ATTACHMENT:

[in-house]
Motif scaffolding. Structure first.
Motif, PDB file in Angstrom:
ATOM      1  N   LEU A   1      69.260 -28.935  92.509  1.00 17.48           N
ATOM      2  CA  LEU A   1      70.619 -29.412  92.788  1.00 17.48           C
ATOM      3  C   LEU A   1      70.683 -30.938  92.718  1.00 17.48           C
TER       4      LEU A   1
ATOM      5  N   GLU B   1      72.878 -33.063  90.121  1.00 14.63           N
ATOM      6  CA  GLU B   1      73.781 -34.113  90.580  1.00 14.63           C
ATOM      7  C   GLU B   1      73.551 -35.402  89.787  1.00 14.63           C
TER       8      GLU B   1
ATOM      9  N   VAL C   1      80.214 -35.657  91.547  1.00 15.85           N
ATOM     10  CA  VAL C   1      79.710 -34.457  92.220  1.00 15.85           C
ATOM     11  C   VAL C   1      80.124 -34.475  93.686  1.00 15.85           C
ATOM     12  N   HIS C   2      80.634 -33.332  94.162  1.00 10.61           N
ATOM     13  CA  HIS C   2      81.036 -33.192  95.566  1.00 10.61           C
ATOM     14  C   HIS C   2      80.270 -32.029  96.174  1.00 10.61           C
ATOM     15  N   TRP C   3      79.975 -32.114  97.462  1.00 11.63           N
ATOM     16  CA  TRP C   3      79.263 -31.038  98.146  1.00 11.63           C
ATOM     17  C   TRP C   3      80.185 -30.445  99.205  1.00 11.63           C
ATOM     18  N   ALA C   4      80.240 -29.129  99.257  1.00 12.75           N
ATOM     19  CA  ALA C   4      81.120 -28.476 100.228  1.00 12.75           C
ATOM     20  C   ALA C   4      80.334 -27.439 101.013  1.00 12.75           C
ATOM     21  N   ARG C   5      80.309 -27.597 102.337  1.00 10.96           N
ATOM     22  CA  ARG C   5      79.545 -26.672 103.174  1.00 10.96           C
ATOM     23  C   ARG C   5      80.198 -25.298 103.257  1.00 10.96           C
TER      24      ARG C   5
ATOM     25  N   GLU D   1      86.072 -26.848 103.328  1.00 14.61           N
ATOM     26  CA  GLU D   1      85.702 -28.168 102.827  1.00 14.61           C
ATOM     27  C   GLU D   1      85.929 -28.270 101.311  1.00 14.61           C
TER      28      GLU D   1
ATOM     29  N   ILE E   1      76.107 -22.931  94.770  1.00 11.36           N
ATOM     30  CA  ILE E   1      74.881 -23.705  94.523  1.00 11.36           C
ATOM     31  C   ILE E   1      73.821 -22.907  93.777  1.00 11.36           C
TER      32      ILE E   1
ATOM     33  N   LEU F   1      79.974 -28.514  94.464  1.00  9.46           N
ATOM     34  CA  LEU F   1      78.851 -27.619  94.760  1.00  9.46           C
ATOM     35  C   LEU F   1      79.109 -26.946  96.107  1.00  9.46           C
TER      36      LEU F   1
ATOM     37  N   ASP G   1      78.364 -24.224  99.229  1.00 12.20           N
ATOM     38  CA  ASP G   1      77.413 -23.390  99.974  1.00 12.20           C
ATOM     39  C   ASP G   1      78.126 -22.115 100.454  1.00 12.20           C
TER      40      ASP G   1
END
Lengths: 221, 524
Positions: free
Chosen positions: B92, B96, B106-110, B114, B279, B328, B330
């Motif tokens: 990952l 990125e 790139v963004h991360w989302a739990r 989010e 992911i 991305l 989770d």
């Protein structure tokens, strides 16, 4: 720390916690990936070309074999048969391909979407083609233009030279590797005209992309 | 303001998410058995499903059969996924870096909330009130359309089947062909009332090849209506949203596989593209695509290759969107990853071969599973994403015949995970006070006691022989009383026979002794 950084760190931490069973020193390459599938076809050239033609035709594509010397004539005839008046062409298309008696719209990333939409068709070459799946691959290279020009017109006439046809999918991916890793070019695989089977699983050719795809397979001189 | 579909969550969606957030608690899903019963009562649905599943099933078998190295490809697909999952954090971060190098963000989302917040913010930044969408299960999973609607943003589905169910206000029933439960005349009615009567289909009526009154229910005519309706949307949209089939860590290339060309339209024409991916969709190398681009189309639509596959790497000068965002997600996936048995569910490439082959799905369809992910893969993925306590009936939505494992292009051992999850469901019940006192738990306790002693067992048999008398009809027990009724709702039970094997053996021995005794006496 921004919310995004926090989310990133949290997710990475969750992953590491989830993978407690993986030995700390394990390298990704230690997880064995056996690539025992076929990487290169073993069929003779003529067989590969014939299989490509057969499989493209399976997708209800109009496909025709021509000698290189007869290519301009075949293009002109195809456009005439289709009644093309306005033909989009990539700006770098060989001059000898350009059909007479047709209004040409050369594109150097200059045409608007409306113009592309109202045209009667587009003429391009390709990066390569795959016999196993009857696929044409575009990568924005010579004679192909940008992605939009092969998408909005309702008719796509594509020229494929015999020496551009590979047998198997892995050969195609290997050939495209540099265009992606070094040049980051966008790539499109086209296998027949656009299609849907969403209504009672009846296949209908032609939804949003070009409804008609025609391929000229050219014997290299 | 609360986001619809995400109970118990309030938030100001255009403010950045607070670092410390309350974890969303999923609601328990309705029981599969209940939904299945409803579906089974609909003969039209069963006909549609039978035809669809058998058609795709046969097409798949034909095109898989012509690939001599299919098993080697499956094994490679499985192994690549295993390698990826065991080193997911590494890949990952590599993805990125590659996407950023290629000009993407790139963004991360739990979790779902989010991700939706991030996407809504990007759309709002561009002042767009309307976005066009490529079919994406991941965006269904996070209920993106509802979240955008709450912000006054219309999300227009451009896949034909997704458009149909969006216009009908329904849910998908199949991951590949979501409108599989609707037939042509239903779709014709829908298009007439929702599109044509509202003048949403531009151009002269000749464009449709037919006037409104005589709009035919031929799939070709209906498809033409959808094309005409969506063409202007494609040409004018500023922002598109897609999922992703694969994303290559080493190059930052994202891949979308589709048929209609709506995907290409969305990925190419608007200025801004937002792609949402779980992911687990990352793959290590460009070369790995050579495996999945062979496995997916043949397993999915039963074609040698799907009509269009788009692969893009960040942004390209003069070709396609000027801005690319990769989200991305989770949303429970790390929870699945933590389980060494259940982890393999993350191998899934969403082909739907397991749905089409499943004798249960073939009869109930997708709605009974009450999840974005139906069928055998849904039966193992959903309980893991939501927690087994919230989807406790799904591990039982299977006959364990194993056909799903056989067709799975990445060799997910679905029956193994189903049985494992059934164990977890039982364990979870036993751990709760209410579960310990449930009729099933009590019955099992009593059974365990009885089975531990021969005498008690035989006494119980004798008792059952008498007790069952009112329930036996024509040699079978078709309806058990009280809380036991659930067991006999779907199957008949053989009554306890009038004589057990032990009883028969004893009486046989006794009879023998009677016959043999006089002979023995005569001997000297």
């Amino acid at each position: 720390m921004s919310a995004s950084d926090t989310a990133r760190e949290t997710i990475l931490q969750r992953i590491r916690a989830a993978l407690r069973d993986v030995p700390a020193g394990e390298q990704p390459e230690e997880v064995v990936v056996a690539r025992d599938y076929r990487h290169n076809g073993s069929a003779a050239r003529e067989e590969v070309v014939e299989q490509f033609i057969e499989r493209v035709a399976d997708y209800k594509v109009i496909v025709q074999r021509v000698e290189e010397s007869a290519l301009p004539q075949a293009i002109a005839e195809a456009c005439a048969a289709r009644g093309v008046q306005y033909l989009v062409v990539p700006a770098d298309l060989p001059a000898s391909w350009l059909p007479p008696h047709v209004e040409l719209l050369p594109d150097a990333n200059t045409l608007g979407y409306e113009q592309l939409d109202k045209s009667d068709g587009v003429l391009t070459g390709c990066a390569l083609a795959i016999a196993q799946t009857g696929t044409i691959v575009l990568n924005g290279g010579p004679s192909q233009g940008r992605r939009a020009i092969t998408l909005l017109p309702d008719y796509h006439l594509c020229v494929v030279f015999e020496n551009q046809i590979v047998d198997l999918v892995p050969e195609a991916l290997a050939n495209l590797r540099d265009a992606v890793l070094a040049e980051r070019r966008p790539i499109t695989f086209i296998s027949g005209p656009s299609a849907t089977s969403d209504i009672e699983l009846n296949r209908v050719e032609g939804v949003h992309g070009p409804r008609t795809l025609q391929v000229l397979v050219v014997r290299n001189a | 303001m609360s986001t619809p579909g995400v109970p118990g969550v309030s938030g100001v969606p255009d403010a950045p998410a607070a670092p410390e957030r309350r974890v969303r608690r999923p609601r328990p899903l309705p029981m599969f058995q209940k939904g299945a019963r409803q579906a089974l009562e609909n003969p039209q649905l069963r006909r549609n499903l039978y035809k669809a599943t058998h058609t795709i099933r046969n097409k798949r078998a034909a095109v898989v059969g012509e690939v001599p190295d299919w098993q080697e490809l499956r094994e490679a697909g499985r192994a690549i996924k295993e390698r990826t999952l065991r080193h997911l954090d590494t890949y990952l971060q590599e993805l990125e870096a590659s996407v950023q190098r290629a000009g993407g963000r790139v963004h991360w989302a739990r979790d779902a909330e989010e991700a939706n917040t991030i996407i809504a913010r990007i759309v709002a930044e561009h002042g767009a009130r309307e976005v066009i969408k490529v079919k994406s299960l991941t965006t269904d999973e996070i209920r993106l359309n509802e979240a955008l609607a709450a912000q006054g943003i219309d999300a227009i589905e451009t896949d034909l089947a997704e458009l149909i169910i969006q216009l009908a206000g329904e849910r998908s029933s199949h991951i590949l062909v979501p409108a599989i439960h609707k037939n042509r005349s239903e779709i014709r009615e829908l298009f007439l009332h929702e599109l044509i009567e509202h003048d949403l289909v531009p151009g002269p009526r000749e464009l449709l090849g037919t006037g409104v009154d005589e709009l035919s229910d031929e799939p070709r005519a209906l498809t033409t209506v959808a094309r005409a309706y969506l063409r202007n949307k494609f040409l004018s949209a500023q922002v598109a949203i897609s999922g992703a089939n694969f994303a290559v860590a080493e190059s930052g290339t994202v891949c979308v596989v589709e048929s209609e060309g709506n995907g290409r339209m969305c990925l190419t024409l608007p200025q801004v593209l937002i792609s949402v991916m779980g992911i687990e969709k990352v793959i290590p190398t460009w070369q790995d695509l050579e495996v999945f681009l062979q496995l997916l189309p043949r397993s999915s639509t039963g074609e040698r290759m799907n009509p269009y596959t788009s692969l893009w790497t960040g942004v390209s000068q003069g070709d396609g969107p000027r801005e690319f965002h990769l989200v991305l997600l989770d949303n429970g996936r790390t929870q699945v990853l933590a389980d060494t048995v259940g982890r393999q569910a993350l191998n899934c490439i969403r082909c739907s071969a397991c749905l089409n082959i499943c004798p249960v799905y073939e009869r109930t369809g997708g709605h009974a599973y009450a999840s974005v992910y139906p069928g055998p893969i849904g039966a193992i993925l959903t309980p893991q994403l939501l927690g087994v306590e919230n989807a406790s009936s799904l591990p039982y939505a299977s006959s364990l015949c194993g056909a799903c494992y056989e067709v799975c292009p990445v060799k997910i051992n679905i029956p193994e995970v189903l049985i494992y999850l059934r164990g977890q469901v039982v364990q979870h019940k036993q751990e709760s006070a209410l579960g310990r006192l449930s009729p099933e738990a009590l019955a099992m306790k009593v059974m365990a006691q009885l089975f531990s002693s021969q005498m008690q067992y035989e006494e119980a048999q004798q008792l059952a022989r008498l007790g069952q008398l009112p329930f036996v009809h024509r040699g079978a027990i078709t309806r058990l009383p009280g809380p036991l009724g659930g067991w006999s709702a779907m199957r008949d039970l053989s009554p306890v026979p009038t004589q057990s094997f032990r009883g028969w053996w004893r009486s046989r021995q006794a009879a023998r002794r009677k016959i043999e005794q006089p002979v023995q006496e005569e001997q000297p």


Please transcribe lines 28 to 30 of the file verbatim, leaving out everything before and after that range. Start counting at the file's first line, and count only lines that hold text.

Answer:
ATOM     25  N   GLU D   1      86.072 -26.848 103.328  1.00 14.61           N
ATOM     26  CA  GLU D   1      85.702 -28.168 102.827  1.00 14.61           C
ATOM     27  C   GLU D   1      85.929 -28.270 101.311  1.00 14.61           C